The Berkeley City Council voted at its Tuesday meeting to investigate the possibility of implementing a security-camera database to aid police investigations.
The database would allow for residents to voluntarily give the city the address of their privately owned security cameras, so that if a crime occurs in the area, police officers will know immediately where to look for a videotape. The idea was met with opposition from some members of the public who feared it would infringe on residents’ privacy.
Councilmember Gordon Wozniak said opponents of the database may have misunderstood its scope.
“The city is not putting in new cameras. This is not suggesting that even individuals put in cameras,” Wozniak said at the meeting. “This is intended to be a very limited device to make potentially an investigation of a crime more efficient.”
Wozniak, who along with Councilmember Susan Wengraf introduced the idea, said he hoped the database would save the police some time.
Fremont implemented a security camera database in 2012, along with other collaborations between police and residents, and saw a 20 percent drop in burglaries. Vallejo, California, also implemented a similar project, and San Jose has considered it.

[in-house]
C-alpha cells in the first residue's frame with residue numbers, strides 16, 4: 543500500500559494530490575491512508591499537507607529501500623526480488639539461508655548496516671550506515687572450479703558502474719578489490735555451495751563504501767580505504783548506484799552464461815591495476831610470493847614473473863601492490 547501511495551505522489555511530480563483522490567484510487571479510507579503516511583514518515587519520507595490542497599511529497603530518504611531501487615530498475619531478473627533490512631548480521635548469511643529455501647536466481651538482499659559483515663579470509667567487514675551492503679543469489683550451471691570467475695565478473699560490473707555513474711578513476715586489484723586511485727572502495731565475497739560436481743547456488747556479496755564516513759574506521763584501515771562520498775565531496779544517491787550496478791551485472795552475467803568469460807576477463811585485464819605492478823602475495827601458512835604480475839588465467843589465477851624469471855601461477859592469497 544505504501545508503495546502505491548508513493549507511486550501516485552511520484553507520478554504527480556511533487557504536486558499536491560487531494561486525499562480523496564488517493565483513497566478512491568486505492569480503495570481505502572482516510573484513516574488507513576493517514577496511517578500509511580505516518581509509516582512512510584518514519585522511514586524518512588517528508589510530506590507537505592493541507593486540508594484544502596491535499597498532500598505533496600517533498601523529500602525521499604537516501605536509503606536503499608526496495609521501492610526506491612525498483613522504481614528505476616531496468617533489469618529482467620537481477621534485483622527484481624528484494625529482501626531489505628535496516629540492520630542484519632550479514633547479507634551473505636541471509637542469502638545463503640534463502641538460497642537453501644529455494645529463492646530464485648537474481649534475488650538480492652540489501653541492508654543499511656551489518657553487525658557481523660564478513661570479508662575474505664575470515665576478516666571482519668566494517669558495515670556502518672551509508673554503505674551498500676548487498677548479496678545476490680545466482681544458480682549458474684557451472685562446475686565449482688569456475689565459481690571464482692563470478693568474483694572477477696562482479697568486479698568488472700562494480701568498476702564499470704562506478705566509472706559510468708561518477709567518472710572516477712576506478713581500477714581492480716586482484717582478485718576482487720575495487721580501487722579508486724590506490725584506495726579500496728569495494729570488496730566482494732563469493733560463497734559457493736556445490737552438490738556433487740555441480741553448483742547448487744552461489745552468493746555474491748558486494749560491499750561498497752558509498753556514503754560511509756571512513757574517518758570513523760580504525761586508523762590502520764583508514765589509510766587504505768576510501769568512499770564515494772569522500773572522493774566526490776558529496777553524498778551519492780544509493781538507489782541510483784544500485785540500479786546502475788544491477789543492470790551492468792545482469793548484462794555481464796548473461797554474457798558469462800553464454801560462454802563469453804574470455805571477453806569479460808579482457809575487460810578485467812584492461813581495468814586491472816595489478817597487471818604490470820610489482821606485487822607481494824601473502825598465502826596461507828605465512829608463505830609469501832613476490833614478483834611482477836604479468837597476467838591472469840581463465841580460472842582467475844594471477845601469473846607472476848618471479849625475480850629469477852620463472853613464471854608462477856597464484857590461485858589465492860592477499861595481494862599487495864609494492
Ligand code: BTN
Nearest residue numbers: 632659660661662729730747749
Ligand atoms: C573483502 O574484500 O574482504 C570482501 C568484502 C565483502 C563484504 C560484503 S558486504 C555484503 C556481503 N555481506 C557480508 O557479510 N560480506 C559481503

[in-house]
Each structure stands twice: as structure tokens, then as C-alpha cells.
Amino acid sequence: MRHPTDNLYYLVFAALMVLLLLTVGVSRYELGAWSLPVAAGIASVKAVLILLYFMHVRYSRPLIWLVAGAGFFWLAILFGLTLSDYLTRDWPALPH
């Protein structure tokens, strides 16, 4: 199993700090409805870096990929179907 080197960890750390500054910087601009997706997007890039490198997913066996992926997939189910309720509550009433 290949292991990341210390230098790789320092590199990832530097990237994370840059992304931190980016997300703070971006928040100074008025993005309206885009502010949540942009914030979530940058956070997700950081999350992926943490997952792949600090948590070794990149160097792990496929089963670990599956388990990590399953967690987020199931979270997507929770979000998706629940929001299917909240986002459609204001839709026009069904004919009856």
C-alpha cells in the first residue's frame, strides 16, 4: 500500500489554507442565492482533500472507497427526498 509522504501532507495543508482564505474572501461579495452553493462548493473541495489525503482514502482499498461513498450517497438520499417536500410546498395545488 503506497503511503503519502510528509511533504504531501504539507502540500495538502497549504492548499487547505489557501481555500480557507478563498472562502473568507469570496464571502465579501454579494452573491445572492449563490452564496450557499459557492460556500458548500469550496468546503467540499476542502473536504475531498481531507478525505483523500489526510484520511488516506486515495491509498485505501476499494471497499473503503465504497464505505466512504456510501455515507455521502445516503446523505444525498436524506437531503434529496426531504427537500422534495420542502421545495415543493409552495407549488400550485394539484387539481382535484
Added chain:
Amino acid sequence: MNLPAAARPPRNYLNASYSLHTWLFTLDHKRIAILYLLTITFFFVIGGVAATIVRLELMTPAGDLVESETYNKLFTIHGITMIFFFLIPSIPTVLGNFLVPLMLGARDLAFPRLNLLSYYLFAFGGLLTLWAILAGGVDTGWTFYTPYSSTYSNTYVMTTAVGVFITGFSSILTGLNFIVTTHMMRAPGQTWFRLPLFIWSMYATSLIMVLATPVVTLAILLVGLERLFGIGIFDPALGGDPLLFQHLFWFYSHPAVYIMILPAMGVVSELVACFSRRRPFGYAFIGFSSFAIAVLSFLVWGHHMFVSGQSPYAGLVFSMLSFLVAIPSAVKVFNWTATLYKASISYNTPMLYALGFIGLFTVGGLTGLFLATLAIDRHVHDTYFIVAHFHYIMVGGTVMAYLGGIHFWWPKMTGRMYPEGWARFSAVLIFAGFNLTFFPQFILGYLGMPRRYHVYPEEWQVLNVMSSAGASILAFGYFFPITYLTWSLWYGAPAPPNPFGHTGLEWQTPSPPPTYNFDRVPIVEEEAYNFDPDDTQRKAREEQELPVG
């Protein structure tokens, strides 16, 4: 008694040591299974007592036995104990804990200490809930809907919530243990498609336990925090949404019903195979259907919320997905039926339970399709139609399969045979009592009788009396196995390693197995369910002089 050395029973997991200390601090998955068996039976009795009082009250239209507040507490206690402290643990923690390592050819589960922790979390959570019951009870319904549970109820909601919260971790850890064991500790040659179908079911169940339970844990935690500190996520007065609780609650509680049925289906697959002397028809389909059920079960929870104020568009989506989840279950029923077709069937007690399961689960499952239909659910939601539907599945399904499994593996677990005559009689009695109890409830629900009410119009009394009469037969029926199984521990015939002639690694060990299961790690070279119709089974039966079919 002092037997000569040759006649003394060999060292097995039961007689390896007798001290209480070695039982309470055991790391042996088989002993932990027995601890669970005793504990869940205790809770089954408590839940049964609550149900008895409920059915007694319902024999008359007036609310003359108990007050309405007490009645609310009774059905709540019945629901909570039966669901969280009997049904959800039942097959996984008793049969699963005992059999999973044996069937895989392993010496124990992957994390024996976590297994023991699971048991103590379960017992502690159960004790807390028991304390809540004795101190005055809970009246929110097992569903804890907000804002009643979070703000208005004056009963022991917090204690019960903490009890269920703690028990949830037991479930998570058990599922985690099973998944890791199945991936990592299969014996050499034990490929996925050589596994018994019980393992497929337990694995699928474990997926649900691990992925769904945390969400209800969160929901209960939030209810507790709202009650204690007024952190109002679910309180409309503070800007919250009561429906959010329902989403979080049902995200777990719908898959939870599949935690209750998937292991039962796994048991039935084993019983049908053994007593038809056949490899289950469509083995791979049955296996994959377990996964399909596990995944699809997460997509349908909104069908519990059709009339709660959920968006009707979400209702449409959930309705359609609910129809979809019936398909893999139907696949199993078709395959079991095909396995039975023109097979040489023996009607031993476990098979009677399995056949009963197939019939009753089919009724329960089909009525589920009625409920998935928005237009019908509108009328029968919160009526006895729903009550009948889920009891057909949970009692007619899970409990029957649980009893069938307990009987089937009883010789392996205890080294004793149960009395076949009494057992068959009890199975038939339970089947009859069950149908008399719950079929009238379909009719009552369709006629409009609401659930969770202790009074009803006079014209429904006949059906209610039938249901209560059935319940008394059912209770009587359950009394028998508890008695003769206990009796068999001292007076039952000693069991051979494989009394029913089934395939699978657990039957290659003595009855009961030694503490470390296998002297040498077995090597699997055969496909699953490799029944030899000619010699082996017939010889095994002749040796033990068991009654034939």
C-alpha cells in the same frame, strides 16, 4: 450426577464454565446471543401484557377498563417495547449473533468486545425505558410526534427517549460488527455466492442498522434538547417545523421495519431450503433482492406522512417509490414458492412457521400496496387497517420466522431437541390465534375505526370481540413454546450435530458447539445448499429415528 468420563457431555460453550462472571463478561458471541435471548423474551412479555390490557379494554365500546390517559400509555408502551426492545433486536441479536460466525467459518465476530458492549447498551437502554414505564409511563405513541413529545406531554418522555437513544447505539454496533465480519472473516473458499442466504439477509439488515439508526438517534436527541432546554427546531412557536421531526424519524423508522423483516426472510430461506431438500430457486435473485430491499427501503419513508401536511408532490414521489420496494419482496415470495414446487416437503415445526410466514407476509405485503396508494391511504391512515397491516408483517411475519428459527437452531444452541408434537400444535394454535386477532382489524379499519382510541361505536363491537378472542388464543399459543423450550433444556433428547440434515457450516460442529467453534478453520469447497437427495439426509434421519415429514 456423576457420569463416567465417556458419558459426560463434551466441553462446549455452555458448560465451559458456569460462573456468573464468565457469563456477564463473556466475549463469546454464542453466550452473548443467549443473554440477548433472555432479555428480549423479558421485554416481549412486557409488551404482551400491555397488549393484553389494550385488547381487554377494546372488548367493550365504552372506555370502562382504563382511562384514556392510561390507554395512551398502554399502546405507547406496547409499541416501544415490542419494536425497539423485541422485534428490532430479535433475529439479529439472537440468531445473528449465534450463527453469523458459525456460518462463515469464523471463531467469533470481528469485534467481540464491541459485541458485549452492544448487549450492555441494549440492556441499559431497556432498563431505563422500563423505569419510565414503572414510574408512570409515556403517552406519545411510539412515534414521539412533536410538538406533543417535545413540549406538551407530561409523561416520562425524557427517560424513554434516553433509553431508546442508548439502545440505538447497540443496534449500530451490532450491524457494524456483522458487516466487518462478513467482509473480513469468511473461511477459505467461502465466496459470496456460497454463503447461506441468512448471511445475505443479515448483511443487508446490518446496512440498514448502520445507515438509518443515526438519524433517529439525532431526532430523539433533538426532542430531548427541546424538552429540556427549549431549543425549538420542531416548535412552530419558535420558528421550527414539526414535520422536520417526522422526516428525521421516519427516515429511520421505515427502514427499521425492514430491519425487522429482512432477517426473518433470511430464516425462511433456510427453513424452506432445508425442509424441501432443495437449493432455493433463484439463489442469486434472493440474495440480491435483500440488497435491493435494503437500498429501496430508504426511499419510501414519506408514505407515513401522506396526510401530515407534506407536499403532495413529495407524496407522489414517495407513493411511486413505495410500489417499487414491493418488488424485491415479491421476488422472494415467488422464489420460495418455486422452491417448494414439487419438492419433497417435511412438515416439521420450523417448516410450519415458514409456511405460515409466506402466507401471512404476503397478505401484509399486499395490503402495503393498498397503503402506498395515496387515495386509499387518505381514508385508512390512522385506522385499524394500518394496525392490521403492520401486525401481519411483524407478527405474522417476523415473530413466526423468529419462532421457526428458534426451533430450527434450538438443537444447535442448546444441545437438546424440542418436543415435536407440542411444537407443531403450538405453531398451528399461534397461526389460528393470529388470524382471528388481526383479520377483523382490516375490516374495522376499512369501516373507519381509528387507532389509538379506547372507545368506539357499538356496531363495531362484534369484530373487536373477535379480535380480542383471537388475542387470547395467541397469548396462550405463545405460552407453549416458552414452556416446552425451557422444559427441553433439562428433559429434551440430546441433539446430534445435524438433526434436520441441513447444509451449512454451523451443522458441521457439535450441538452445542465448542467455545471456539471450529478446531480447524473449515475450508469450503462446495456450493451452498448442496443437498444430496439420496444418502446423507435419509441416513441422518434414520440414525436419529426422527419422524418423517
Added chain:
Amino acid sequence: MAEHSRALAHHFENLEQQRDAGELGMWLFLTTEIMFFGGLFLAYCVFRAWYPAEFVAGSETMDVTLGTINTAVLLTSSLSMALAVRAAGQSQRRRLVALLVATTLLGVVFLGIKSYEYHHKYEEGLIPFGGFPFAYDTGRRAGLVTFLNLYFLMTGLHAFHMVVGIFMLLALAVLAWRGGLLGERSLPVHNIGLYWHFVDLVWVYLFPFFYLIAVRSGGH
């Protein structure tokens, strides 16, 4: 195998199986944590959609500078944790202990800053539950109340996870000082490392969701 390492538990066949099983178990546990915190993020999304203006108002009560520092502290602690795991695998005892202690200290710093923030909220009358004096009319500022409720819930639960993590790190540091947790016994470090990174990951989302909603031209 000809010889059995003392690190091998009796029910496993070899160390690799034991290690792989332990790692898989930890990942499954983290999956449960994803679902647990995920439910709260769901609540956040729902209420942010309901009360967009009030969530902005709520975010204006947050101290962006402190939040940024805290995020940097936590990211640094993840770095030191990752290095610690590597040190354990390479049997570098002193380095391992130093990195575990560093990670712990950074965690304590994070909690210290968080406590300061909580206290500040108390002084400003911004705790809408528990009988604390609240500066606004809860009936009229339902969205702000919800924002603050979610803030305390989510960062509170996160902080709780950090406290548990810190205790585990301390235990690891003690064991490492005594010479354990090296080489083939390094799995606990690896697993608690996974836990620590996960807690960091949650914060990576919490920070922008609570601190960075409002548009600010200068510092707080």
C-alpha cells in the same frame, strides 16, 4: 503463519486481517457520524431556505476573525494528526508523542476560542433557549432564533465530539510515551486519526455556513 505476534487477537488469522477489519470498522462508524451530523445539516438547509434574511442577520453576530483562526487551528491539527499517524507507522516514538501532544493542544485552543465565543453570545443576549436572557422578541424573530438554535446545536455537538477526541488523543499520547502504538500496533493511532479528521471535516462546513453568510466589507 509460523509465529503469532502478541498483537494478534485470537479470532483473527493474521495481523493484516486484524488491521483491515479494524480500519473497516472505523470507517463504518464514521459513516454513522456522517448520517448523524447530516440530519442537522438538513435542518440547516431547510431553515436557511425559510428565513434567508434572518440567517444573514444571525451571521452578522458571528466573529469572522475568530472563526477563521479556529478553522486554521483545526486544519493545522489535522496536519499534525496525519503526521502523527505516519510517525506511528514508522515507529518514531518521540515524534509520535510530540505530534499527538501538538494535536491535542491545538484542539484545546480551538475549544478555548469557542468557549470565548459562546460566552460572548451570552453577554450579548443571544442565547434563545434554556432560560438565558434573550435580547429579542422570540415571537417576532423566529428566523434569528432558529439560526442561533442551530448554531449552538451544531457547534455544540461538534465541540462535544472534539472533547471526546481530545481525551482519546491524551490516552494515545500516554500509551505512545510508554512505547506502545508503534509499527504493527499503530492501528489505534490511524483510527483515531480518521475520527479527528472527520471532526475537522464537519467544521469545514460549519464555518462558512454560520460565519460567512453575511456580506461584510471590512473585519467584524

Councilmember Linda Maio also supported the idea, noting that surveillance footage helped solve recent homicides that occurred in her district.
Councilmember Max Anderson, though, criticized the database for providing too much power to the police.
“We’re being faced with the introduction of drones, tasers,” Anderson said at the meeting. “You never get back freedoms once you give them away.”
The council faced similar concerns when they voted earlier this year to investigate whether local police ought to be given the ability to use tasers and whether the limited use of drones should be allowed in Berkeley.
Additionally, a public commenter brought up the question of whether information from a security camera database would be available to anyone through the Freedom of Information Act. In that case, potential criminals might be able to find these cameras and destroy them.
Ultimately, the council decided that the database merited further consideration and voted to direct city staff and the Police Review Commission to investigate the matter. To address some worries about privacy, the council also suggested that the police only access such a registry in the case of crimes such as homicide, burglary and aggravated assault.
“A question from the enforcement side is how much time will it take to set up the registry and will the registry in fact increase efficiency?” said Alison Bernstein, acting chair of the PRC.